FORT MYERS — When President Obama arrives today in Republican-heavy Lee County to push his economic stimulus plan, he'll be at the epicenter of Florida's broken economy.
Residents say they hope the president can turn things around — the county's unemployment rate is at a record 10 percent — though they're a little embarrassed he chose their town to highlight as ground zero.
"I heard Obama's coming because he thinks this is the worst slum in America," said Lawrence Chappell, a pool service worker who rents a duplex in Lehigh Acres, about 5 miles east of Fort Myers.
The president is scheduled to speak to 1,500 people at noon in a town-hall setting at Fort Myers' downtown convention center and will be introduced by Gov. Charlie Crist. The popular Republican governor could help buoy support for the stimulus package that the Senate is expected to vote on today.
In the past year, Lee County has come to lead the state in a host of troubling indicators: home foreclosure rates (12.5 percent), the growth of Medicaid rolls (23 percent), food-stamp requests (up 65 percent) and the decrease in the median value of homes (38 percent).
"We are the perfect poster child for the economic stimulus plan that's proposed to demonstrate the resiliency of the American people," said Richard Thompson, president of the Lehigh Acres Chamber of Commerce.
The streets of Lehigh Acres, a planned community of about 68,000, are dotted with abandoned homes in foreclosure and new homes that were never occupied. Of the 3,101 homes currently for sale in Lehigh Acres, the chamber estimates that 2,239 were built since 2003.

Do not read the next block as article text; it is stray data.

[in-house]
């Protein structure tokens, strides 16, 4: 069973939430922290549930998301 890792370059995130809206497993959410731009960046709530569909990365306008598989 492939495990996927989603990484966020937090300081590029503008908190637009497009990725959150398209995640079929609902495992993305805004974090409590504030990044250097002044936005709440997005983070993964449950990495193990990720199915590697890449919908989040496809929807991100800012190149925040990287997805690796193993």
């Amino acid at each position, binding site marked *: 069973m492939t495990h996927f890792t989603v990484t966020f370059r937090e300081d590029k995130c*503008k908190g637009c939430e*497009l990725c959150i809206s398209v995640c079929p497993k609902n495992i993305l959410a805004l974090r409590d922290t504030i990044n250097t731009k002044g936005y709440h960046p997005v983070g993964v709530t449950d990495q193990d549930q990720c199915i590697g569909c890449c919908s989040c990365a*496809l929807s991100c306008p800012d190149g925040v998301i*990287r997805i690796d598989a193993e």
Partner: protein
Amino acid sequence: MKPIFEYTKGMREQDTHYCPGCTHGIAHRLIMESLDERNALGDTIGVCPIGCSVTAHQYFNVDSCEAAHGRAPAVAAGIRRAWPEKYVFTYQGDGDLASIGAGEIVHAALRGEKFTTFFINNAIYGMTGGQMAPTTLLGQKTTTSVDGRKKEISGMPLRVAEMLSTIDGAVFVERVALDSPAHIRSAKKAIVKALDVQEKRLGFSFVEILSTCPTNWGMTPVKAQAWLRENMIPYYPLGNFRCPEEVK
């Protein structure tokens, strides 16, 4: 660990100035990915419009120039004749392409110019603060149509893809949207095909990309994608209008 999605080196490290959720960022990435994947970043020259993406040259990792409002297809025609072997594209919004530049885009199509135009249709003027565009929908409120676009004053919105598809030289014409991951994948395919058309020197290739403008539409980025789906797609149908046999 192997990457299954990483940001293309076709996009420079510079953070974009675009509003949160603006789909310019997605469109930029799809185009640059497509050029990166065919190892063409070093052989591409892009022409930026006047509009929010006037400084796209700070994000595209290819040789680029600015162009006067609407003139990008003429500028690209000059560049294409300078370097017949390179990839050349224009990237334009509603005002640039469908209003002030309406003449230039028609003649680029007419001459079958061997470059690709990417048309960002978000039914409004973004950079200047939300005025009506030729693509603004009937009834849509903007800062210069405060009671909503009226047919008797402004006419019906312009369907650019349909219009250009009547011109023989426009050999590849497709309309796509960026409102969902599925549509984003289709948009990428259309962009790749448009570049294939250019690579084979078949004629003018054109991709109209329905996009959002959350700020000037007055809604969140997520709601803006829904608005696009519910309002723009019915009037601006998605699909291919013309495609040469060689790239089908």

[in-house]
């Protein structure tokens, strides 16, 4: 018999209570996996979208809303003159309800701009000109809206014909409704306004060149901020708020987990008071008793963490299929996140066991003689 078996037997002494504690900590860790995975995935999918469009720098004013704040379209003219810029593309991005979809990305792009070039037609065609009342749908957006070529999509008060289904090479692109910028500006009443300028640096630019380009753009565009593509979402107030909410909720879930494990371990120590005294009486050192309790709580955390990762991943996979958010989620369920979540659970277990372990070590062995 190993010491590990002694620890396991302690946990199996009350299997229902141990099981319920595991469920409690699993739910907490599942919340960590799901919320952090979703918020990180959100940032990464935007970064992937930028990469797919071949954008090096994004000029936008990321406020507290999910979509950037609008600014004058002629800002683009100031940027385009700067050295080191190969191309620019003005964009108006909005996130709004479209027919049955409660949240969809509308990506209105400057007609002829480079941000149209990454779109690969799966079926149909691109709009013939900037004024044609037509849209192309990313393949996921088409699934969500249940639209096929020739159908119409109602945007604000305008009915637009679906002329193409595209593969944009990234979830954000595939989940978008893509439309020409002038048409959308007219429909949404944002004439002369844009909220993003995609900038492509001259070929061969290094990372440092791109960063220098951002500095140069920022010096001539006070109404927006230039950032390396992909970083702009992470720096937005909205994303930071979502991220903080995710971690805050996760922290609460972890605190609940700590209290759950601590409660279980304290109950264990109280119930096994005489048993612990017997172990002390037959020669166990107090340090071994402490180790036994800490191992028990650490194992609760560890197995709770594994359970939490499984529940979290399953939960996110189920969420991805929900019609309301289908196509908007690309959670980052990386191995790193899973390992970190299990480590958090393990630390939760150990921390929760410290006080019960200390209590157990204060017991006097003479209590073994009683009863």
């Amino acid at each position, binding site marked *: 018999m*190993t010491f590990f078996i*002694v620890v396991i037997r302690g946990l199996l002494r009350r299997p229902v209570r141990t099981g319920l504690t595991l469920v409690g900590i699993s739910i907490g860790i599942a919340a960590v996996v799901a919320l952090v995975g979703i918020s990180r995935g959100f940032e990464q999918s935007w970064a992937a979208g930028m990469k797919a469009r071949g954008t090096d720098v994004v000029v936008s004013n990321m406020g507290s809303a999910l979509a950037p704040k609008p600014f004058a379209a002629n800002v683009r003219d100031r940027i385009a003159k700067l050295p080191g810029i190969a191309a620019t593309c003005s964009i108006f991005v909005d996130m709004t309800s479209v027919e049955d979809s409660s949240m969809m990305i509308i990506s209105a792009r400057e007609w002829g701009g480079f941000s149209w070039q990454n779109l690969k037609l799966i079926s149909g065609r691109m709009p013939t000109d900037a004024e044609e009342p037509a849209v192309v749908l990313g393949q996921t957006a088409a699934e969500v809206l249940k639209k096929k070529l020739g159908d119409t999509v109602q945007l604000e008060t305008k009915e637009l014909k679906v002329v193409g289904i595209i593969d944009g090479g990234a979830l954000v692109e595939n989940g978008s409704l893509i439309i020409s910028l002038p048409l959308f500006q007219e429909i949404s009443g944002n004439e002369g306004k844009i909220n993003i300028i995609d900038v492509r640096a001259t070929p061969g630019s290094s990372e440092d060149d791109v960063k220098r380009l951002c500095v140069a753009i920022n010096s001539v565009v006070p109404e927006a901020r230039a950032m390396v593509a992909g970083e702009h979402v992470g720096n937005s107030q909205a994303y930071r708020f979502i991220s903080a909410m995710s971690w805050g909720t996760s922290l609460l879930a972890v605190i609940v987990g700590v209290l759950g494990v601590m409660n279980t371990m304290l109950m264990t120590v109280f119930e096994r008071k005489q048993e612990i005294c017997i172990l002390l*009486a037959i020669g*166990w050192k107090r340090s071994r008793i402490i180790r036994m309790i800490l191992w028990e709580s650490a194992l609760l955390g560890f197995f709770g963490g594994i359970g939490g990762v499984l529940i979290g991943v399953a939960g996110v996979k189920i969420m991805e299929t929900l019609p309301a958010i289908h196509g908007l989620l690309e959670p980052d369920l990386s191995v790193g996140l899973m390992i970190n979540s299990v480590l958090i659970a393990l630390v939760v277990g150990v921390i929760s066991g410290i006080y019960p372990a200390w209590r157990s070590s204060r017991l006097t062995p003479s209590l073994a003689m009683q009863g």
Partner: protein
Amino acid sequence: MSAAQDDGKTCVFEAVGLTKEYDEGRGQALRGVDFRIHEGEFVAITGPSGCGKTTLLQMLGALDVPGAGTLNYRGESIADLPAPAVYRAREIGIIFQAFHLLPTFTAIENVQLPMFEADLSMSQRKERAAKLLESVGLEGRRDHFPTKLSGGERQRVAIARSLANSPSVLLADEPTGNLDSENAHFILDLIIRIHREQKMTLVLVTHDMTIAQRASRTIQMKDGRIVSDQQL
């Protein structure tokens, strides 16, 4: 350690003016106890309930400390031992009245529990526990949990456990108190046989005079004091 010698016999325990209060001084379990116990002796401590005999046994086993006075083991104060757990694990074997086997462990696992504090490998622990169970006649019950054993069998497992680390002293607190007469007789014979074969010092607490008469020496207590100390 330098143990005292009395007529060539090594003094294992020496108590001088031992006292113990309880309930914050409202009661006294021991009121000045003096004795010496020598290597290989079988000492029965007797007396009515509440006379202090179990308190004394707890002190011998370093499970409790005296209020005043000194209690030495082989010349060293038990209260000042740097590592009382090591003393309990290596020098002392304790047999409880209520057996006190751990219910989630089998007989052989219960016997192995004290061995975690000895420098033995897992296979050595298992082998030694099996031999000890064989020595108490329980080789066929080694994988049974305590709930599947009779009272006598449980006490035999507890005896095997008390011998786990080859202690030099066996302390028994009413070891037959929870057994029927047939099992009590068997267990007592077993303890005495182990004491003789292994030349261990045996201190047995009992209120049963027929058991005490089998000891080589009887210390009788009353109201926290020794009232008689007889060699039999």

"The five houses to the right of us are all empty, same with the three houses to the left," said Alex Diaz, an out-of-work truck driver, as his sons bathed the family chihuahua, Carla, in the driveway. "I might leave, too, like everyone else."
A few blocks from the Diaz home, past countless "For Sale'' signs and others promising 100 percent financing, a yard sale is set up with children's clothes and VHS movies from the 1990s. It's one way Gary and Lara Martini, like many others in Lehigh Acres, are trying to make ends meet.
Their only steady income is the $50 a week Lara Martini takes home from her part-time job at Quiznos.
The Martinis' four kids — 2, 3, 4 and 6 — don't know who Obama is, but their father said he's counting on Obama to "get us back up on our feet again."
Also hopeful is Ken Wilkinson, Lee County's property appraiser and creator of Florida's Save Our Homes amendment, which shields homesteaded property owners from big increases in property tax assessments. The total property value of all buildings in Lee County fell $8 billion — or 8 percent — from 2007 to 2008.
"I'm a Republican, but I mean it when I say I want Obama to be successful in this effort," Wilkinson said. "He's our president, and we need him here."
Rufus Lowe, 18, said he has had no luck applying for jobs at Publix and McDonald's, even though he has a high school diploma and is enrolled at a community college.
Lowe's father is on disability from work. His mother isn't working either. The Fort Myers teenager said he tries to stay upbeat despite the hard times. That's why he lined up outside the Harborside Event Center two days ahead of Obama's visit to secure his chance to see the president.
"He picked the right time to come, I'll tell you that," Lowe said. "People need to hear him tell us what he's going to do to make things better."
Times/Herald Tallahassee Bureau staff writer Marc Caputo contributed to this report.